Once a formal risk assessment methodology has been identified in an RIA’s organization, it is imperative to perform the information technology security risk assessment on at least an annual basis to account for variables that change over time.
Create and test a strategy that is created to prevent, detect, and respond to cybersecurity threats
Guidance provided by the SEC in creating and testing a strategy is broad and far-reaching. We recommend advisors evaluate their security programs against a proven standard such as the Center for Internet Security (CIS) Controls. The 20 controls reviewed in this framework clearly outline a company’s ability to prevent, detect and respond to attacks.
While implementing controls in an established framework will not make your company impervious to attack, it will raise the complexity level needed to compromise it.
One specific CIS Top 20 control that the SEC noted was that many organizations were not investing sufficiently to keep their software and hardware systems up to date.
Inadequate maintenance of existing systems leaves an investment advisor vulnerable to unnecessary risk. An assessment from an established security provider will provide your organization with a path forward for continuous improvement for your program including monitoring existing hardware and software for updates.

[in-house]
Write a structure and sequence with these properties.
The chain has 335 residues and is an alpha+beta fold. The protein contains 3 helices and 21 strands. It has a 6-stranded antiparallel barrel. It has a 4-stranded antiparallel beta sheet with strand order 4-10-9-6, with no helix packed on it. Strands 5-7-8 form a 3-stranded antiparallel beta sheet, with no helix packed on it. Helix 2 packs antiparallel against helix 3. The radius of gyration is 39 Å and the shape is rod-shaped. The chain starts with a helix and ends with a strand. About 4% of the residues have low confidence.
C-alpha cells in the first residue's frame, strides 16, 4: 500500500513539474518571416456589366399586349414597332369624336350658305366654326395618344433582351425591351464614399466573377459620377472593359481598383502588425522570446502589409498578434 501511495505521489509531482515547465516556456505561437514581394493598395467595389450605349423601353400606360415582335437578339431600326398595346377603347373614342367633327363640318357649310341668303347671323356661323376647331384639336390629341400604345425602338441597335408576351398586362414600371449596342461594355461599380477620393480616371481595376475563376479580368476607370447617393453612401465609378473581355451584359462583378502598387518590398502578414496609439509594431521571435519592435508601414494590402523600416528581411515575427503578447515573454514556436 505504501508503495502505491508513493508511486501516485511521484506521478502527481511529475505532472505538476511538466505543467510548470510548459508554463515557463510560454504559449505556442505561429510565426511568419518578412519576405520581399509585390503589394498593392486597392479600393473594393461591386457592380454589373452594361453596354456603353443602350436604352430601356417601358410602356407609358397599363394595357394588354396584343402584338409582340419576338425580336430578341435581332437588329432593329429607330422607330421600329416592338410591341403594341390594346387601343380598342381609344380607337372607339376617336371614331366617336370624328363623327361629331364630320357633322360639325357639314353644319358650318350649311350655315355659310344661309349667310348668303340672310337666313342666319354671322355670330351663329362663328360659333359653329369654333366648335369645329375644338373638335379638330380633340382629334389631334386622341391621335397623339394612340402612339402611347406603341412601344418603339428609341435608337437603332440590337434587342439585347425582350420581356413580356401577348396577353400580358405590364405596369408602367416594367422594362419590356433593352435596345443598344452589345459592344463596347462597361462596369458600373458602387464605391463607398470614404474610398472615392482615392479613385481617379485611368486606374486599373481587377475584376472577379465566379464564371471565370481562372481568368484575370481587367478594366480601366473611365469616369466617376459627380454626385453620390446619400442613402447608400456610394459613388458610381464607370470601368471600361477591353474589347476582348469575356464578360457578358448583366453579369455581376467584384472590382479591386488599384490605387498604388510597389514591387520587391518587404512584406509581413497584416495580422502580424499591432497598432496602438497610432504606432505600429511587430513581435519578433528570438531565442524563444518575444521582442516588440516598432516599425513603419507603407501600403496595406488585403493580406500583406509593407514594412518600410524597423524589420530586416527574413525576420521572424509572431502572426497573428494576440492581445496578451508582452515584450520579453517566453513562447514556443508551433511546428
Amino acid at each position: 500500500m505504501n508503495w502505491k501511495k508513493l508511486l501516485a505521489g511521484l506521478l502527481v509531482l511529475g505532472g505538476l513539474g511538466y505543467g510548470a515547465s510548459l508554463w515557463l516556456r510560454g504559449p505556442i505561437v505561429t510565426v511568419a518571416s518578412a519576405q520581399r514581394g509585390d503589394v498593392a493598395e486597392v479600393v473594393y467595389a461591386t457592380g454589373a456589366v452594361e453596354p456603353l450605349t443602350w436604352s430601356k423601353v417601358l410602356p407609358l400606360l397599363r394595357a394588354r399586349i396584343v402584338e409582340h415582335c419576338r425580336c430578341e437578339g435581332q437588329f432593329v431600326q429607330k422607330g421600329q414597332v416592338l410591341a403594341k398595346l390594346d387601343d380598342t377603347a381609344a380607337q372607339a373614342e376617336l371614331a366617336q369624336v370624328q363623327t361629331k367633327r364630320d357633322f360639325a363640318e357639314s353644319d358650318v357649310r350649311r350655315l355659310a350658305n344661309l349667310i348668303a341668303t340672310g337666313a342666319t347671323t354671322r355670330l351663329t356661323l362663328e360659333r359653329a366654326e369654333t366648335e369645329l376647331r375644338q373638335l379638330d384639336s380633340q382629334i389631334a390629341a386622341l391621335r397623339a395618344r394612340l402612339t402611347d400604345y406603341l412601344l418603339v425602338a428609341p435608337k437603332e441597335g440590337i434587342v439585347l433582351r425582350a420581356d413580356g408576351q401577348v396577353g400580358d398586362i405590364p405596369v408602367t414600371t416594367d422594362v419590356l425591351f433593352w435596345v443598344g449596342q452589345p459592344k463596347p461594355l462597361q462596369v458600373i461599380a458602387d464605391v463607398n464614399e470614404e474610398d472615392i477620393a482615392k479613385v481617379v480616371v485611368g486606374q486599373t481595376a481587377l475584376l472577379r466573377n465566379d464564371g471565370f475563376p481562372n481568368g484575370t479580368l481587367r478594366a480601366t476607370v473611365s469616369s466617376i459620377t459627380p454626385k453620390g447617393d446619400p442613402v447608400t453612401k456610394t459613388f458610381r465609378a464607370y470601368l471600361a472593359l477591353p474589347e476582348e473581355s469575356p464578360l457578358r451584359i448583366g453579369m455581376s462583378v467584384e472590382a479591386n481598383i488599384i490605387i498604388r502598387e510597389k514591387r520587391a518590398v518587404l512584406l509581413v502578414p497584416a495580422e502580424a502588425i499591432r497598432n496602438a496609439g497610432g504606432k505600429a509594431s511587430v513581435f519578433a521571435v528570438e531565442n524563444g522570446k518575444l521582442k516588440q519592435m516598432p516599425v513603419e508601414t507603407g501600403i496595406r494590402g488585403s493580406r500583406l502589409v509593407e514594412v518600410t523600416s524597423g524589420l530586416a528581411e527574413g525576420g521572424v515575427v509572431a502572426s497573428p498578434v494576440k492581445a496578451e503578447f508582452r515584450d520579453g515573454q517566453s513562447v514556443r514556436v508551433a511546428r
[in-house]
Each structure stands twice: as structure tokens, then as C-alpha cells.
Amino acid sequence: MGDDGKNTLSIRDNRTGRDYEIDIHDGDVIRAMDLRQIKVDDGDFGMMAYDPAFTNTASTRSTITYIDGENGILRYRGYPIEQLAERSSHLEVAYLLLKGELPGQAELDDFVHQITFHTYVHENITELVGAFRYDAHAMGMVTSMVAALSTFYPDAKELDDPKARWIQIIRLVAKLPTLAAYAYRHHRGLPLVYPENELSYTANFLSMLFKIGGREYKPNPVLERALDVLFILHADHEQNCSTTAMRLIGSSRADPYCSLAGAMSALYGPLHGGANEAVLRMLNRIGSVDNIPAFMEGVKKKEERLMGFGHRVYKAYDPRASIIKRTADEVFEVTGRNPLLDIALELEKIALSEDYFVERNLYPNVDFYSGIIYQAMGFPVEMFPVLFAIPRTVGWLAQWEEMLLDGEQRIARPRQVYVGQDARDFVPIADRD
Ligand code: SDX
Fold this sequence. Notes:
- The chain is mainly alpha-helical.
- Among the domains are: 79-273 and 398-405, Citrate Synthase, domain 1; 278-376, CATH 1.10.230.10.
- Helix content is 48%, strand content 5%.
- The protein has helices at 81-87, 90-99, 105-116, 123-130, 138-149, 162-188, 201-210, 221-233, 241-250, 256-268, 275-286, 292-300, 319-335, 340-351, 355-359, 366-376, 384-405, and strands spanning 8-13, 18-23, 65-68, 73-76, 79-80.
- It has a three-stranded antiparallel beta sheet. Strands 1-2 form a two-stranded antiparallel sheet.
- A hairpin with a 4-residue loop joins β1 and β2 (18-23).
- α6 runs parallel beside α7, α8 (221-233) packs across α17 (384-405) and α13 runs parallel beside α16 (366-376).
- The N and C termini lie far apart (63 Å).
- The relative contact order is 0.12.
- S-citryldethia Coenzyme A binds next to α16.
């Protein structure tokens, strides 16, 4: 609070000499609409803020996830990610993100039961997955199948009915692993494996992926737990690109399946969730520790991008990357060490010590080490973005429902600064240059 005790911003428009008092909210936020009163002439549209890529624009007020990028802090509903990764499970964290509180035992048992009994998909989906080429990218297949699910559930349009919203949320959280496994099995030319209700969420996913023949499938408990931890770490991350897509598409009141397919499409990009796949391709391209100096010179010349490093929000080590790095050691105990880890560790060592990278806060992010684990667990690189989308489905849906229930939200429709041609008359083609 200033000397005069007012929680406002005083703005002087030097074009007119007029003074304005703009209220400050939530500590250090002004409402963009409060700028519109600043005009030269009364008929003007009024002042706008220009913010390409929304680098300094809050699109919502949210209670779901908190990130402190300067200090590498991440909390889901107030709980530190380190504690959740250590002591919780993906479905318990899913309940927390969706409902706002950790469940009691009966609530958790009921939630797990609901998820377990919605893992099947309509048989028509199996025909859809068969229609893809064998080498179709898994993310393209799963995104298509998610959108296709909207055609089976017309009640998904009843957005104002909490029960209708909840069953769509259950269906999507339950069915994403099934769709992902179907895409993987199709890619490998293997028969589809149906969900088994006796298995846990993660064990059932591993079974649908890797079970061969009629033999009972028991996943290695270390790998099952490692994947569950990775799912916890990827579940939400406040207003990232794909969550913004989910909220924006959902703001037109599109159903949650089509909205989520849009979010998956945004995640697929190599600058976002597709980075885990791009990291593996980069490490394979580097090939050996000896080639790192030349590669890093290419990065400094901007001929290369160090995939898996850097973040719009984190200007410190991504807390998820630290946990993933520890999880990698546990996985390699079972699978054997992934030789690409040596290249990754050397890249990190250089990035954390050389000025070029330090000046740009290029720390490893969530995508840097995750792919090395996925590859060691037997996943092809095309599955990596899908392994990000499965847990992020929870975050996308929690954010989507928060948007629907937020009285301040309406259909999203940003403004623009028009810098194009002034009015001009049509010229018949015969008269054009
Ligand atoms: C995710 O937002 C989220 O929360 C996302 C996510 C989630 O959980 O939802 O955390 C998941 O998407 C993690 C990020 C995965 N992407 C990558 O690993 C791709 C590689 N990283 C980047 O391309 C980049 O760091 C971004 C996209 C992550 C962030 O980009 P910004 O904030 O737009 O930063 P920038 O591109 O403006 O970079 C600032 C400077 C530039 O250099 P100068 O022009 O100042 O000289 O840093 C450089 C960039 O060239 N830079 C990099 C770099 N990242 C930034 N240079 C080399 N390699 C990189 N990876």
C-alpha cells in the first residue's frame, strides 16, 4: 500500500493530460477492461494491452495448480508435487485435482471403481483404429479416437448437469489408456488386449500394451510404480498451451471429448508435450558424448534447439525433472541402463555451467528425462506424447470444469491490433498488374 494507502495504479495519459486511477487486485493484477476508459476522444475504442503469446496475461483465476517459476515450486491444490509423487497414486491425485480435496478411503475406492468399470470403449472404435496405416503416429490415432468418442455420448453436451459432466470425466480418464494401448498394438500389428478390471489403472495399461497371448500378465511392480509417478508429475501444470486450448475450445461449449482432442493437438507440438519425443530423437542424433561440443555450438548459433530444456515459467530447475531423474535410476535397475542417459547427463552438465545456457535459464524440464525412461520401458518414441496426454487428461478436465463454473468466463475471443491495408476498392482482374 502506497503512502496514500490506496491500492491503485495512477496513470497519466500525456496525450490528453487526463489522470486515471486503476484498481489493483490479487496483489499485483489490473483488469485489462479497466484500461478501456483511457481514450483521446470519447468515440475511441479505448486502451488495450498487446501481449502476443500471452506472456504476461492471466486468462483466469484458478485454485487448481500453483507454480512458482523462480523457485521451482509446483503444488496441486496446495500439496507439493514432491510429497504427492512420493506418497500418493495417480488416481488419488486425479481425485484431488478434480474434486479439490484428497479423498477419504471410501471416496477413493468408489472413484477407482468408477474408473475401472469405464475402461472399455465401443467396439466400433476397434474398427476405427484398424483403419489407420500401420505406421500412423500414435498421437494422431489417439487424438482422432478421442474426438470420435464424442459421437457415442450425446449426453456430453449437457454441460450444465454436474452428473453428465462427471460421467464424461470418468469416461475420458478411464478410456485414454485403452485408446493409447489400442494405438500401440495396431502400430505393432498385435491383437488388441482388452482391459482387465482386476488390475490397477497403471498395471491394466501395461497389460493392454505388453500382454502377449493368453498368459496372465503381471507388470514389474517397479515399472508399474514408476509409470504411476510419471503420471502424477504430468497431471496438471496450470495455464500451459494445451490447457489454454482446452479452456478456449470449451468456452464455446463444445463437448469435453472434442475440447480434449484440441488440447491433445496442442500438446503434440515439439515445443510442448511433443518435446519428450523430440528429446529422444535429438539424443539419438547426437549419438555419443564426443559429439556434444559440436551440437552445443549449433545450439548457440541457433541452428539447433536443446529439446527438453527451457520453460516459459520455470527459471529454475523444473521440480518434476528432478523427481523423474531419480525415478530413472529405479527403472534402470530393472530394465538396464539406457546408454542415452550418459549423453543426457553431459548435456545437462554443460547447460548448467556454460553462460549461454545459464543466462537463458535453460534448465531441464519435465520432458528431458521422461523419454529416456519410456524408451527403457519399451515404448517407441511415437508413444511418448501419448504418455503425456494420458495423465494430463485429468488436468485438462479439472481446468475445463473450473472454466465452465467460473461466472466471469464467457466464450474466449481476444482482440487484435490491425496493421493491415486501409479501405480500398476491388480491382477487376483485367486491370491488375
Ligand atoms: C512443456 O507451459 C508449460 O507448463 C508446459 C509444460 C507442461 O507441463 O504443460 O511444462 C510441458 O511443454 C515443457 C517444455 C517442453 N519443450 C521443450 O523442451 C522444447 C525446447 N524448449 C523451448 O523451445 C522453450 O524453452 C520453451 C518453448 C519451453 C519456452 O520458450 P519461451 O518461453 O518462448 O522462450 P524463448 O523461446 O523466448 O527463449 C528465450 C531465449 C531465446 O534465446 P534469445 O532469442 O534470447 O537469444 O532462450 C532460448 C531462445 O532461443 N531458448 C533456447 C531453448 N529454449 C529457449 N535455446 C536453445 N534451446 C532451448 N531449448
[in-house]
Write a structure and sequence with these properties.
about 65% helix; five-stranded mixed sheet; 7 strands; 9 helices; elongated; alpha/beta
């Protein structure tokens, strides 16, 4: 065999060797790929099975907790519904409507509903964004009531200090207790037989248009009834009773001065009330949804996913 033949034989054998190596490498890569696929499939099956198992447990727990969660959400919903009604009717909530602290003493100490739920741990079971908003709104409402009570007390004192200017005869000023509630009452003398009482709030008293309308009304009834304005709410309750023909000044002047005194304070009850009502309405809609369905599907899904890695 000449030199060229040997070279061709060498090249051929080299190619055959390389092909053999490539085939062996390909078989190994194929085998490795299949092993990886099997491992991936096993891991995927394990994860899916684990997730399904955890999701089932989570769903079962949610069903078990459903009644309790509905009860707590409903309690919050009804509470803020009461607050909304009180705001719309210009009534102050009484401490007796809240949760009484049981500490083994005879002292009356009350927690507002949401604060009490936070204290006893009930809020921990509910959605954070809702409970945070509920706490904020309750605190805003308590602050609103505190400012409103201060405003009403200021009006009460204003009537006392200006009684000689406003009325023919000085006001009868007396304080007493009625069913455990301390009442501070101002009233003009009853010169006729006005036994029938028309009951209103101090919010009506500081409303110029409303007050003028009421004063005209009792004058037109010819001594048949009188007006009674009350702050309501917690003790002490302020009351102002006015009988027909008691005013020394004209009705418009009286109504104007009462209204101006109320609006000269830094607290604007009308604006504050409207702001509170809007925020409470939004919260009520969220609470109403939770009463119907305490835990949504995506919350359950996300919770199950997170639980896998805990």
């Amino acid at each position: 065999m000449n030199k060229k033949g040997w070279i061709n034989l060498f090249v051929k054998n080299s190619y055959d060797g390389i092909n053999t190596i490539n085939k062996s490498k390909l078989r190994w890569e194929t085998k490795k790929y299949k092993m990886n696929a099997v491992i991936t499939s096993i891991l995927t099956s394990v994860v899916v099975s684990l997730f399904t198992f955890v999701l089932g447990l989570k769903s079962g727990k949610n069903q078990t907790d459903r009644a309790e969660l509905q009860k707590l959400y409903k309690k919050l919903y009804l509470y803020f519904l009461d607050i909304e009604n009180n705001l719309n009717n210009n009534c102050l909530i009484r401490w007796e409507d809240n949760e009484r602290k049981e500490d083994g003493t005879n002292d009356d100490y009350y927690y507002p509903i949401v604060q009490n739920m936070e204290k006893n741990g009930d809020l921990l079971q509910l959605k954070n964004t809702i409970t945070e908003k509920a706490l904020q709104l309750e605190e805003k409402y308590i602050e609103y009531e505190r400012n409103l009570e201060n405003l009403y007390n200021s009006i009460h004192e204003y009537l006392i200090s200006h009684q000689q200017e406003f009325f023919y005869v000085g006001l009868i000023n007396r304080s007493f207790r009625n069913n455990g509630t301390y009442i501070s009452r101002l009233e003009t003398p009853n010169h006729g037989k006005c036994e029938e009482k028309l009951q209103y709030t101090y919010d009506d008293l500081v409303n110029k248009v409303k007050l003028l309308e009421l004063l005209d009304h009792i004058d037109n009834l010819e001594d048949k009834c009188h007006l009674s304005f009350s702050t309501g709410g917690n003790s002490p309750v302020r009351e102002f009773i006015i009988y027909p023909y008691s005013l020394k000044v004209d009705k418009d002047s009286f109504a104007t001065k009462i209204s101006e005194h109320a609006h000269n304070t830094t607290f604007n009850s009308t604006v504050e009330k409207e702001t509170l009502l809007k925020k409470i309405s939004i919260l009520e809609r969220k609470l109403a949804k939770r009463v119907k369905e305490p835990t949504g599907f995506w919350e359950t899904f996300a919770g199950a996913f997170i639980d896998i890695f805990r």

Every program, no matter where it is on the maturity spectrum, needs to be moving forward and this framework provides a methodology to determine where to focus your resources.
Create or update written policies and procedures and train your staff (and third parties associated with your firm)
Many advisors struggle to create mature policies and procedures that are applicable to their organization and demonstrate their commitment to cybersecurity. It is important to document the controls you have in place and ensure that management has read and approved of your existing position. The SEC has noted that most Registered Investment Advisors that have policies fail to make them specific and applicable to their organization. Policies in general are too broad and fail to provide concrete examples and specific procedures.
Effective security awareness training is imperative for an organization committed to improving its cybersecurity posture. Over 90% of security incidents begin with some form of social engineering, highlighting the importance of making sure that your users have the necessary training to defend your organization.
WE CAN HELP
Elliott Davis can assist you with meeting the SEC’s guidelines and assisting Registered Investment Advisors with their cybersecurity programs. Elliott Davis is a Center for Internet Security SecuritySuite member which allows us to evaluate and report on organizations and their compliance with the Top Controls framework. Our firm has the experience on staff to assist organizations with documentation and training as well as full cybersecurity and risk assessments.
We are well versed in working directly with entity legal teams in order to manage attorney/client privilege in regard to our engagements and findings. In the meantime, if you have questions, please contact your Elliott Davis advisor or our Investment Companies Practice Leader, Renee Ford.